Editorial:Resolve issues on medical pot
March 05, 2005
After receiving an inquiry from a man interested in opening a medical marijuana dispensary in Simi Valley, the City Council ordered a 45-day moratorium on such businesses. The moratorium, which can be extended, will give police and city officials time to study the request and gauge public opinion. That is a reasonable time frame given the unresolved legal issues regarding medicinal marijuana and the sensitivity of the issue. We hope the City Council educates itself and the community on the issue, sets reasonable guidelines and then allows the dispensary to open.
That is a reasonable time frame given the unresolved legal issues regarding medicinal marijuana and the sensitivity of the issue.
We hope the City Council educates itself and the community on the issue, sets reasonable guidelines and then allows the dispensary to open.
To date, 12 states have passed laws easing or eliminating punishment for use of marijuana with a doctor's permission. California voters passed a medicinal marijuana law -- Proposition 215 -- with 56 percent of the vote, in 1996.
However, federal law still bans marijuana use for any reason, resulting in federal raids of dispensaries and arrests of owners and patients.
The question in Simi Valley again highlights the need for the federal government to change its unreasonable stance against medicinal marijuana.
It is an issue the U.S. Supreme Court is expected to rule on before June, in the case of Raich v. Ashcroft. Justices will decide whether California law or federal law should apply in the case of two sick California women -- one with an inoperable brain tumor and the other with a degenerative spine disease -- who use marijuana on the advice of their doctors. The justices' job would be easier if the federal government simply changed its law to reflect scientific reality.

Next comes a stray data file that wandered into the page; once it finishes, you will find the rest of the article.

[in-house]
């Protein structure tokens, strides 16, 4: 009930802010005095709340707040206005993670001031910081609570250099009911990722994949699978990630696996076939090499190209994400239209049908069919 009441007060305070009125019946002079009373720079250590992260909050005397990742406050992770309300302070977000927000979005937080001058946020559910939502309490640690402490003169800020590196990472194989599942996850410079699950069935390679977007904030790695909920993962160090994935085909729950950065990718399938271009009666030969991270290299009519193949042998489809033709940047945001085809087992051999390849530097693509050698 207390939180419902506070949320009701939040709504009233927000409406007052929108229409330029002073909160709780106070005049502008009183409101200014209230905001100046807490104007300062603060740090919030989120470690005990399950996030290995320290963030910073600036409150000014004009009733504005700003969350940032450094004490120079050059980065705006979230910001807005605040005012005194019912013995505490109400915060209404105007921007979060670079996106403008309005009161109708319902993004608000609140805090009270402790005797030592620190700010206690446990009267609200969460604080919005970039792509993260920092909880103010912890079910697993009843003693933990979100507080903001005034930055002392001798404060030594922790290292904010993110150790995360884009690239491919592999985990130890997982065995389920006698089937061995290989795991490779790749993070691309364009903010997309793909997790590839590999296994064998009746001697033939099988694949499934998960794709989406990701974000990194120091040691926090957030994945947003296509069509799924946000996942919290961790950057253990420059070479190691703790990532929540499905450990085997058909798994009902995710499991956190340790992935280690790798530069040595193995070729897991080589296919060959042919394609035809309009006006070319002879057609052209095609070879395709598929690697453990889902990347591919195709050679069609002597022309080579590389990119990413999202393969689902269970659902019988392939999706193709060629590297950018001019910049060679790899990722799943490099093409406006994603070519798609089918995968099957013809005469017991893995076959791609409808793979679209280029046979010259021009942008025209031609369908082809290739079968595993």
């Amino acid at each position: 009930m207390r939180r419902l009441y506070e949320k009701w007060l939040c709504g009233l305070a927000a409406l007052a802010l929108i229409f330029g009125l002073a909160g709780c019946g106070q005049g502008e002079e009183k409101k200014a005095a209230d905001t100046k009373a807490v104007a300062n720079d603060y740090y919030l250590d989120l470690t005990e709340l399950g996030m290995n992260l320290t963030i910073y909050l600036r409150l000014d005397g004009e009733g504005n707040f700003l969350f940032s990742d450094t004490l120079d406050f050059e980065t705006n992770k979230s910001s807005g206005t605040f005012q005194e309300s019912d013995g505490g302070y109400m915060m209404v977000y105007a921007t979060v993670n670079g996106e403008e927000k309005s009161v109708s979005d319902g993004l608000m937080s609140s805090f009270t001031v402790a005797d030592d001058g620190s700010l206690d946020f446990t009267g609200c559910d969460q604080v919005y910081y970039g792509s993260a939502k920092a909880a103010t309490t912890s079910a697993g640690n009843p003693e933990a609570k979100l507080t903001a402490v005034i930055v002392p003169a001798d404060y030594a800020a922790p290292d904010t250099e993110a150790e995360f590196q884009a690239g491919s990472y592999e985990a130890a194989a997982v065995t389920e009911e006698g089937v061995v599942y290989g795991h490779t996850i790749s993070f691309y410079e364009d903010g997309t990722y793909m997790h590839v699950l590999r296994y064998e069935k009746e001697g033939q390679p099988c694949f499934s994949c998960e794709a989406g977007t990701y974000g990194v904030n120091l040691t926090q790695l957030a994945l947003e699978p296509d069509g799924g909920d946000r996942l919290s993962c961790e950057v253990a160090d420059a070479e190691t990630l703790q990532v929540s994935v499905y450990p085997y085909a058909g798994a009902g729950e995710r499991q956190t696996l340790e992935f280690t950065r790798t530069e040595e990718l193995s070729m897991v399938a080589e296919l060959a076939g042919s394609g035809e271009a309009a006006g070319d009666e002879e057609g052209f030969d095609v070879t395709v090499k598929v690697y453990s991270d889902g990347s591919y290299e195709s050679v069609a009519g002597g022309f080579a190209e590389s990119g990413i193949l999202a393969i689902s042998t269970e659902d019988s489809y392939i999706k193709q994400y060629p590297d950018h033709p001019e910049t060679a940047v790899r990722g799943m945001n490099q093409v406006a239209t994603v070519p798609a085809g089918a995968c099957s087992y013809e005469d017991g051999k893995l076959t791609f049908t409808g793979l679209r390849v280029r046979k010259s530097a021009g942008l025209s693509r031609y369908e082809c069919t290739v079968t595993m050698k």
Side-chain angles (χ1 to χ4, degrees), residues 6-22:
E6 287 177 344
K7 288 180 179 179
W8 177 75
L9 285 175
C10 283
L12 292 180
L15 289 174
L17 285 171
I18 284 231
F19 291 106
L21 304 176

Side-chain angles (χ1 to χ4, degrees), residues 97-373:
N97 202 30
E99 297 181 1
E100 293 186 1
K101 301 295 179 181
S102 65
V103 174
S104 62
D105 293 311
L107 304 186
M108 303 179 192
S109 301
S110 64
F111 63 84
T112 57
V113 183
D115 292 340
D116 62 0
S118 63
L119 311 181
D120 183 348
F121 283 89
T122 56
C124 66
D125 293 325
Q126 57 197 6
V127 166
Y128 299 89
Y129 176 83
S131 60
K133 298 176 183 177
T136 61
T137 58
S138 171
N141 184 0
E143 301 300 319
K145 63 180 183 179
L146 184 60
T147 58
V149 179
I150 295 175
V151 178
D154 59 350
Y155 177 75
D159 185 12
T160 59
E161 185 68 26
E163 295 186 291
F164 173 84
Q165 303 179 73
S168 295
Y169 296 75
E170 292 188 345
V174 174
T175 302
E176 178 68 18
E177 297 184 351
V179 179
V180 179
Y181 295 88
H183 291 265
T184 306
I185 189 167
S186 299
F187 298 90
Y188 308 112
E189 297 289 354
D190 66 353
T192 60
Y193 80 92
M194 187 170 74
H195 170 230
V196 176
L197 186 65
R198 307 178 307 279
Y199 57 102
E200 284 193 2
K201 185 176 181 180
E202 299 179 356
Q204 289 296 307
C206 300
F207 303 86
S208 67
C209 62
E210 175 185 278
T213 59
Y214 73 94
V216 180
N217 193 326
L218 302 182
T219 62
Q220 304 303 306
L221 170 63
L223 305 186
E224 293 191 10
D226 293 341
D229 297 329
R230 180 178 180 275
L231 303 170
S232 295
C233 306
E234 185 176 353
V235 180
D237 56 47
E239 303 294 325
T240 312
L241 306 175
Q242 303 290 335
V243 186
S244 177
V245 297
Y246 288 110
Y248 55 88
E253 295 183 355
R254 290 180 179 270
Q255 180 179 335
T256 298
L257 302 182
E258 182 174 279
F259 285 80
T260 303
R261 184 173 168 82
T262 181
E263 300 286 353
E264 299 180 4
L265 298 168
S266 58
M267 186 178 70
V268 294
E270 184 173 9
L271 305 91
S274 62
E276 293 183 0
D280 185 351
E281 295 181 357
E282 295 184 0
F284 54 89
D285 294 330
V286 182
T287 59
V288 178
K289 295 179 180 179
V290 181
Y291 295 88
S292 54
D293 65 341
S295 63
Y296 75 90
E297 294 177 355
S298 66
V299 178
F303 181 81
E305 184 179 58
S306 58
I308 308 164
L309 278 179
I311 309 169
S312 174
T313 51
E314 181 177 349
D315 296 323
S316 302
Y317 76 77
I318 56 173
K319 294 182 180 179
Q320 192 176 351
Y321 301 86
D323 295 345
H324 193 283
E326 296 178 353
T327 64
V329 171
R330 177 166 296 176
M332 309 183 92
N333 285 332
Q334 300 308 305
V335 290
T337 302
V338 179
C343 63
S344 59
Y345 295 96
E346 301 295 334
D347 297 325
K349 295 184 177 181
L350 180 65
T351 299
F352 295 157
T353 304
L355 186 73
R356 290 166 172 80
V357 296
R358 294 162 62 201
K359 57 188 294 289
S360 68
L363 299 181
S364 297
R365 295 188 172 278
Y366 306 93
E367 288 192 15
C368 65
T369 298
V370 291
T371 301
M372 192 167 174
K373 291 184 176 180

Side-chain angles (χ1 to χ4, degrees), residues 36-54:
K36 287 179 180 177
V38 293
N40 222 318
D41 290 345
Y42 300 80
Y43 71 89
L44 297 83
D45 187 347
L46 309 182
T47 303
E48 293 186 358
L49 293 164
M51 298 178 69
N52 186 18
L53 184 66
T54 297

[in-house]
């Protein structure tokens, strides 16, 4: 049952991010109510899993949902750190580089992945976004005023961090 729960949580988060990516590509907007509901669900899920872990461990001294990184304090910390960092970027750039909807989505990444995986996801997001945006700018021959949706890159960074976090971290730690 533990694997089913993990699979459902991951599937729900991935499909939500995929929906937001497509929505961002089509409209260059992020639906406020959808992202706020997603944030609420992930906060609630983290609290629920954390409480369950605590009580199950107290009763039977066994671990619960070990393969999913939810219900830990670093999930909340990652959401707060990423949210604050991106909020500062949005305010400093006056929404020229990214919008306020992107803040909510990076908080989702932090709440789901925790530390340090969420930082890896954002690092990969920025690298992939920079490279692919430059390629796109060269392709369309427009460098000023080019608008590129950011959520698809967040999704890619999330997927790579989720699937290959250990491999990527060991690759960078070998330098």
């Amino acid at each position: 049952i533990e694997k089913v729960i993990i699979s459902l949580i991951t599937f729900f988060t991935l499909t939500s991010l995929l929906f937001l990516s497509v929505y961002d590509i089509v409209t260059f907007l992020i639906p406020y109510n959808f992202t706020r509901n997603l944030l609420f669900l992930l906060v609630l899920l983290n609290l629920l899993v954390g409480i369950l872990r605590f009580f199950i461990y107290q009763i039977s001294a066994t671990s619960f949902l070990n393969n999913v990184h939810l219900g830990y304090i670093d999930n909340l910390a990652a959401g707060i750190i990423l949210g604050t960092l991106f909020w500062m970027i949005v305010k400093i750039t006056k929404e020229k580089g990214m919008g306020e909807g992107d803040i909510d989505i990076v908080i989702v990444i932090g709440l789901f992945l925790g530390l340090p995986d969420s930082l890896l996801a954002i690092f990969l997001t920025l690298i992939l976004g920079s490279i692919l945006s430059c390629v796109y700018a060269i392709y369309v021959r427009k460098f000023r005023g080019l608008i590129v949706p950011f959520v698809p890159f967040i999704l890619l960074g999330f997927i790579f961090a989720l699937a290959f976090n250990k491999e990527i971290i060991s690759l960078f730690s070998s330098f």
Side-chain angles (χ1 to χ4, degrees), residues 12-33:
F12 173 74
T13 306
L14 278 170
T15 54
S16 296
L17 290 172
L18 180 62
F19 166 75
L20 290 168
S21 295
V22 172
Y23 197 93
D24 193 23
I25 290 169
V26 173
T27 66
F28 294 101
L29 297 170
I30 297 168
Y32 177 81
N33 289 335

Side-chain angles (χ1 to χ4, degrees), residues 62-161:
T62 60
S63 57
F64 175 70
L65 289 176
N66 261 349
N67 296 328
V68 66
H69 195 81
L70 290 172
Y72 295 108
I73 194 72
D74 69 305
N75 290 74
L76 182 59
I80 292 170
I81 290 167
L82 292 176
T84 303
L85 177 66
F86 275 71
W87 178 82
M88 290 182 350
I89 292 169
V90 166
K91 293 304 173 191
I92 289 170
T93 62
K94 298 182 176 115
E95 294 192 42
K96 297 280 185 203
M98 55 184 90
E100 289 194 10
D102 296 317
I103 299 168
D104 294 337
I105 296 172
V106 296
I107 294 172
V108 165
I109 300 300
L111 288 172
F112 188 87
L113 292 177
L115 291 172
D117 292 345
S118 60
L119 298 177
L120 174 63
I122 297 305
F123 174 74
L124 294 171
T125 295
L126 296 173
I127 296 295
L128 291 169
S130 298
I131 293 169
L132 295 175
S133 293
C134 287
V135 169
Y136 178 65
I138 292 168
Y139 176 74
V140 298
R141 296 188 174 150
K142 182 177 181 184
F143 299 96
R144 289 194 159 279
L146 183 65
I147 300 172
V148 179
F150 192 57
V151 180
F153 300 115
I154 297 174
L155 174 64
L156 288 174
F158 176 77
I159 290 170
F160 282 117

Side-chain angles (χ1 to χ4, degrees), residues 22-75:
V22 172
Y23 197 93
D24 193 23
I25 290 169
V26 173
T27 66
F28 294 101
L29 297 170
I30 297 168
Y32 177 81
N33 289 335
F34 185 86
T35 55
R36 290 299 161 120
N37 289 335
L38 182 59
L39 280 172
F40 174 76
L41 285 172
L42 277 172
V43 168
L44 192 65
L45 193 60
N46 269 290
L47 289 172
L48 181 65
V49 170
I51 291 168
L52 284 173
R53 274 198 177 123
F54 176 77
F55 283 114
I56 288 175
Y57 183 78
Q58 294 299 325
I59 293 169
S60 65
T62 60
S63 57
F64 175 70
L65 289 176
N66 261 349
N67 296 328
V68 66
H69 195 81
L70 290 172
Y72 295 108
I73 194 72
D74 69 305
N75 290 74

Evidence backing the medicinal benefit of marijuana includes a 1999 report from the Institute of Medicine at the prestigious National Academy of Sciences that concluded marijuana may be effective in relieving chronic pain and controlling nausea and vomiting in some people with cancer and other serious illnesses.
The Ventura County Sheriff's Department follows state guidelines on the amount of marijuana a person with a doctor's permission may legally possess. That is 8 ounces or a half pound of processed marijuana; 12 immature plants or six mature plants.
Simi Valley residents have been at the center of several controversies regarding medicinal marijuana since Proposition 215 was passed by California voters nine years ago.
With its action Monday, the city of Simi Valley joins a growing list of California cities temporarily banning dispensaries because most cities have no guidelines for licensing them.
Among the questions the Simi Valley City Council needs to answer are: How would the business receive the marijuana? Should the dispensary be restricted to professional office space? How many patients would it serve? What level of security should be required? What would be the allowable distance between the dispensary and schools, libraries, parks, churches? Would background checks on a dispensary owner be required?
If marijuana can ease the pain of the seriously ill, it should be available in a controlled and safe environment, as are such drugs as cocaine and morphine -- an ideal voters in California and other states have overwhelmingly endorsed at the ballot box.
It is time for sick people to be treated with compassion, not like criminals. To that end, we urge a quick resolution to the legal conflict. Allow people to use medicinal marijuana with a doctor's permission, without fear of federal prosecution; and provide a legal and safe way for them to obtain it.